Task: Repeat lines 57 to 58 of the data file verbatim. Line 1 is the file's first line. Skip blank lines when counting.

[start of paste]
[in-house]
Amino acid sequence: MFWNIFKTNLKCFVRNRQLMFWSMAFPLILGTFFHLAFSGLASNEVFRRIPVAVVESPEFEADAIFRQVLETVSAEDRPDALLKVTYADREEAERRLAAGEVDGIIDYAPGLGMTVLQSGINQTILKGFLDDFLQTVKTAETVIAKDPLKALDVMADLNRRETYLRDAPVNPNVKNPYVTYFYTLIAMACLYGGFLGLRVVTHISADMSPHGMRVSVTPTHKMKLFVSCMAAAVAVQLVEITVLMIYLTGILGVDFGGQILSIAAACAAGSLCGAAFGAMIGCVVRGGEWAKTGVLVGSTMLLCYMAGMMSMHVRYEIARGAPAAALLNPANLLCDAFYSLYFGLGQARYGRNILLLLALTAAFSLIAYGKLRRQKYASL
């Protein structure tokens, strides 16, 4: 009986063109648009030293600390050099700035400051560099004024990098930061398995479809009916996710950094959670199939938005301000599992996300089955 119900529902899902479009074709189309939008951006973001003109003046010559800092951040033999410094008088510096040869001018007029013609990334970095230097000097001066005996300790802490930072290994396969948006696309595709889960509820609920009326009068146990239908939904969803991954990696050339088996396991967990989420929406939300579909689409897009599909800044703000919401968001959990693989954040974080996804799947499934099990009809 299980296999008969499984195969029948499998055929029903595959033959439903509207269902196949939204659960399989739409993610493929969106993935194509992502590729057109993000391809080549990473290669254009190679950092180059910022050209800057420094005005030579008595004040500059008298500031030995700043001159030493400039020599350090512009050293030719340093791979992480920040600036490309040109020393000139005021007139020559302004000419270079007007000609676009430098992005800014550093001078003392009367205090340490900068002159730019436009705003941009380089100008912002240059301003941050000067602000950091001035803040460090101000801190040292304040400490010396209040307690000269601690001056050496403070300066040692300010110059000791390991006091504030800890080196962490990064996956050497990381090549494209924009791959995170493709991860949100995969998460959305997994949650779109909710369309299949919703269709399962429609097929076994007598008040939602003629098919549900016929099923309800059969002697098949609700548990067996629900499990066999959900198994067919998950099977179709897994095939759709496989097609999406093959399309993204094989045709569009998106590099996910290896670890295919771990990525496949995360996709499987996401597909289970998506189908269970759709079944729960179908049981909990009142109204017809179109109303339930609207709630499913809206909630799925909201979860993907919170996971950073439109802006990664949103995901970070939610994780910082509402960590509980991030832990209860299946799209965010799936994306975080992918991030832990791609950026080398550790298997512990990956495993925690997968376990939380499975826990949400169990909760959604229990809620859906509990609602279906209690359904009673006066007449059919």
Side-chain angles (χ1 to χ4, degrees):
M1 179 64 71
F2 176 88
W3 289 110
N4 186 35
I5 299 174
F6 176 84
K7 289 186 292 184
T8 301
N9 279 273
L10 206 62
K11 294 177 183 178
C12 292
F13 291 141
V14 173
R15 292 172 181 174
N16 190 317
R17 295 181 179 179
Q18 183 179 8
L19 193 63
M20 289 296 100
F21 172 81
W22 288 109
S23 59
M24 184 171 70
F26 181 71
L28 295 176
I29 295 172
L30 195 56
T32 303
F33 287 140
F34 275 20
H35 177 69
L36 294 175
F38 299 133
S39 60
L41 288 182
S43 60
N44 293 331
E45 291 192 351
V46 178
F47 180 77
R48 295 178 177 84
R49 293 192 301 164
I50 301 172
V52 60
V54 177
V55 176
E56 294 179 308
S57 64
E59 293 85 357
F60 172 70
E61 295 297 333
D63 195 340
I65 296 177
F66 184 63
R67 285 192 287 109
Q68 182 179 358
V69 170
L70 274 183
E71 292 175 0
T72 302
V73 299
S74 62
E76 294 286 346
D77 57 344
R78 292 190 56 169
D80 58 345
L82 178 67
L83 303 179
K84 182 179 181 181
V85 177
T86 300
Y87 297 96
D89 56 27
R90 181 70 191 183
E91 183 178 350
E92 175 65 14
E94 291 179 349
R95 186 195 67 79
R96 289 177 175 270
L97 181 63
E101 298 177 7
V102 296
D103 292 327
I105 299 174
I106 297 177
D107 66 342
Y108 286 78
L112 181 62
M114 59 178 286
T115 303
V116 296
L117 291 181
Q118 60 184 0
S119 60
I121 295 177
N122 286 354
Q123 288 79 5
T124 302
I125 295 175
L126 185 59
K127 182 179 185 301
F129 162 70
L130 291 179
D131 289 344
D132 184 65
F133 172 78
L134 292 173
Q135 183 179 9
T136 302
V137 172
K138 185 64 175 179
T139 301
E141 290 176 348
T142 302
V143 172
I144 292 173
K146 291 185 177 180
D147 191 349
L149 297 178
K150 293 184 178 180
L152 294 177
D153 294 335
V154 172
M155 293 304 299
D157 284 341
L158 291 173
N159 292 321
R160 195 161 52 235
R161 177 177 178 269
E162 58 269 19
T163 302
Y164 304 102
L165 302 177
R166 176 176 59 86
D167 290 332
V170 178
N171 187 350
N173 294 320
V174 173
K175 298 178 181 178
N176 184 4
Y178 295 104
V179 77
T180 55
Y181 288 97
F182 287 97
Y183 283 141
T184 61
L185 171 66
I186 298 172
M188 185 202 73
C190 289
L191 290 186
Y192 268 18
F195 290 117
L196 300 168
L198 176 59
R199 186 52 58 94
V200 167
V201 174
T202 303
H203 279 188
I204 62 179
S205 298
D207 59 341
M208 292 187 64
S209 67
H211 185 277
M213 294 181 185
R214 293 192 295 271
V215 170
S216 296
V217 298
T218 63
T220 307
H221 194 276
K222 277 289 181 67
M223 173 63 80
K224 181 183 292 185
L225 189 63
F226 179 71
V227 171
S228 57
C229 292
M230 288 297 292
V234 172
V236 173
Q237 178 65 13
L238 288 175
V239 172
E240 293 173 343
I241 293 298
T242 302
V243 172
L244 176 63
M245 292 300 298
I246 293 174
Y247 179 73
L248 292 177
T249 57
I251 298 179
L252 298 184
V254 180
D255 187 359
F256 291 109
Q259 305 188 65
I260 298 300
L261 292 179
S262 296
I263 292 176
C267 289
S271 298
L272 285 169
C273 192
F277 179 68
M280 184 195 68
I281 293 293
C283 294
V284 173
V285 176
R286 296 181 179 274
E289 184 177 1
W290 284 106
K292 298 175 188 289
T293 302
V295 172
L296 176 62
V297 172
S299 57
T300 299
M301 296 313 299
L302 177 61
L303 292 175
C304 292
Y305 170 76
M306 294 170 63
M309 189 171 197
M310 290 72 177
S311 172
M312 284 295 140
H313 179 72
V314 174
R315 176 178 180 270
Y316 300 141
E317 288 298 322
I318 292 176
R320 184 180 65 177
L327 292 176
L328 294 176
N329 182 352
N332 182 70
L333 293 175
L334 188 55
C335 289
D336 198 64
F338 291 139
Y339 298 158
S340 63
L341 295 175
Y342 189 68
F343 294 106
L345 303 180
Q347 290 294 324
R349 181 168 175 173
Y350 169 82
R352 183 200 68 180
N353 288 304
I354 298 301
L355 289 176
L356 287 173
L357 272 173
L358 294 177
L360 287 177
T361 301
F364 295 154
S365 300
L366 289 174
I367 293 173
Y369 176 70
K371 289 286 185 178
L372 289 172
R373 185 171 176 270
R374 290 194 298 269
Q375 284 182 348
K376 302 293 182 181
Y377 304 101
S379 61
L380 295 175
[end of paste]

D63 195 340
I65 296 177